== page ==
Last.fm Pulls Out of Radio Streaming, Plugs in YouTube

Last.fm has been considered to be an online music pioneer since starting in 2002. But like many pioneers, it's gotten hit by a few arrows over the years as it tries to find the right business model for streaming music.

The latest of those struck Wednesday, when Last.fm announced on its forum it will be shutting down its streaming radio service on April 28. While undoubtedly a blow, the news may not be all that fatal.

Last.fm said it will continue to deliver personalized music to its listeners via a new music player that's currently being tested. The difference is the music will not come from its own servers. Instead, music will be piped in from YouTube and VEVO onto the new player. The company, owned by CBS Interactive, struck a similar deal late January to plug into Spotify as a source. These two arrangements allow Last.fm to avoid paying music licensing fees while still delivering streaming music to its users.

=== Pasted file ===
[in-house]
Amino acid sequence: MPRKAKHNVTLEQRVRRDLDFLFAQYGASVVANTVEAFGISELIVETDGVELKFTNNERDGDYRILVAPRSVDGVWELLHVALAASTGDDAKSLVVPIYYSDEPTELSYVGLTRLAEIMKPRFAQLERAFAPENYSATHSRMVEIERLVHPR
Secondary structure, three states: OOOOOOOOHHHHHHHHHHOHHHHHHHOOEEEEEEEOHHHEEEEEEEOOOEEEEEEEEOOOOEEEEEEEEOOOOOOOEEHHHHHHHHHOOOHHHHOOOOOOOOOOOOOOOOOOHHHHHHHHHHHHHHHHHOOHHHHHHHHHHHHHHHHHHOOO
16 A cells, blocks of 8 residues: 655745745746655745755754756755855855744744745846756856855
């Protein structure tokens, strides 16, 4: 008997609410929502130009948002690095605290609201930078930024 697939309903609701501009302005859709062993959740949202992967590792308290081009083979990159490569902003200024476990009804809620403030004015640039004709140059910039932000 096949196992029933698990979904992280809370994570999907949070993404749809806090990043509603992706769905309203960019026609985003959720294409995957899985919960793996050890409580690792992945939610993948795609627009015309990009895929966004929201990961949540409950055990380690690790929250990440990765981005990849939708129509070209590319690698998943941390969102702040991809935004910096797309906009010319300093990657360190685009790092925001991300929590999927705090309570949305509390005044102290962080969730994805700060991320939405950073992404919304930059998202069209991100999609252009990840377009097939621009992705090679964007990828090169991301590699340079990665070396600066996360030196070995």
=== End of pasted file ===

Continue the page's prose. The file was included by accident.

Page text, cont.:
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"Following the launch of the new Last.fm Player earlier this year and Last.fm's partnership with Spotify for on-demand playback, we've revised the subscription service in order to focus on the new Last.fm Player and Last.fm's over-arching mission: world-class music recommendations," Simon Moran, Managing Director, Last.fm., said in a statement.

It's unclear how many subscribers to Last.fm's current streaming radio service will be affected as the company does not disclose those figures. Last.fm reported 55 million registered users, but does not say how many are actively using the free playlisting and recommendation service and how many pay $3 a month for the personalized streaming radio service.

Moran said that the "subscription changes only affect a small sub-set of Last.fm users."

Though perhaps a minority, subscribers still grumbled about the change on the company's forum. But not all said they would abandon Last.fm, which became known for "scrobbling" its users music listening habits to serve up custom playlists.

"This is a disappointing announcement, to say the least," a subscriber who goes by the handle cs188 wrote. "I love the unique offerings that traditional Last.fm radio is able to provide, and I'm sure going to miss it.... However, since scrobbling and stats collection is the primary reason I signed up in the first place, this doesn't kill Last.fm for me. As long as you keep our listening stats safe and continue offering good music recommendations, I'm still on board."